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#WomensWednesday -

#WomensWednesday – Does ‘ageism’ exist in coaching?


This week we want to know how your age as a coach has or is affecting your coaching career. ?Whilst we know that women coaches as a whole are underrepresented in sport, we recognise that within that group, smaller groups of women are discriminated against. ?Whether it be race, background, nationality or age, women coaches should not be treated as one homogenous group.

There are no real statistics out there to suggest there is a ‘perfect’ coaching age, or that some ages are discriminated against more than others, but we want to know from you if this is an issue.



Do you find you are judged on your coaching ability because of your age?

Are you finding your age is a barrier to progressing in your coaching career?

Are you the youngest or oldest in your profession? ?Does this bother you?



Share your thoughts on twitter @FemaleCN ? Facebook @femalecoachingnetwork ?

or post your comments below!

  1. Anonymous


    I started in a female dominated sport at the age of 35 in 2009. I volunteer coached and found it very rewarding. It took me until 2016 to get the prerequisites to take the first level coaching certification. The course wasn’t offered until the next summer but I was fully qualified in September 2017. I was 43. My club, where I’d been participating and volunteering for 8 years, refused to even accept my application and told me they were finished hiring for the year. I asked to be put on the “backup” list and they wouldn’t even do that. Later they hired 3 more coaches in their late teens, one of whom didn’t meet the minimum qualifications.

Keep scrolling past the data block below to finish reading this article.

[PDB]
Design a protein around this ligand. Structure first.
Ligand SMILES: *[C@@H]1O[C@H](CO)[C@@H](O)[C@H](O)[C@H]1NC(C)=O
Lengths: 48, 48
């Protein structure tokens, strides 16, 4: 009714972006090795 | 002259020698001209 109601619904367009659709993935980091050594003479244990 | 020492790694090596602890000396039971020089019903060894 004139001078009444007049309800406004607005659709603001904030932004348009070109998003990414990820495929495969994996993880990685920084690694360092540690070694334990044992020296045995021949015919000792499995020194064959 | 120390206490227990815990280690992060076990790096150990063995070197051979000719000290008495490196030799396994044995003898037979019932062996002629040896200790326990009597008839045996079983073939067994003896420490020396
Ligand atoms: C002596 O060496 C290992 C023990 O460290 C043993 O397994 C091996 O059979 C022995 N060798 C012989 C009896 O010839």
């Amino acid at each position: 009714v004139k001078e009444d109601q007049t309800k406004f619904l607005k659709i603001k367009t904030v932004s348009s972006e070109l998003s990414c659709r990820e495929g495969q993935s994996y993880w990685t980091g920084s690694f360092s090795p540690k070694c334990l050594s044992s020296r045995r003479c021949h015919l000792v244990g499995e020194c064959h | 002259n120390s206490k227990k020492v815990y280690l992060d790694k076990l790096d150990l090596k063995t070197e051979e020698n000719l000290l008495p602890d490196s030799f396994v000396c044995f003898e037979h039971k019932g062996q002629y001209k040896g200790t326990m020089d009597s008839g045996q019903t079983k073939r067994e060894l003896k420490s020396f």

2. Sam


    I coach 3 club soccer teams, a high school varsity team, and assist at a college. I am 30 years old but look like one of the players. Coaches and referees would always approach my older male assistant coach assuming he was the head coach. I?ve had referees refer to my assistant coach and I as ?ladies?, the same way he addressed the players on the field.

  3. Brenda Willis


    I coach do university men?s volleyball for over 30 years and retired at age 65. Many of my athletes encourage me to keep coaching but the university offered such a good pension plan that it made more sense for me to retire and now I spend my time coaching coaches.

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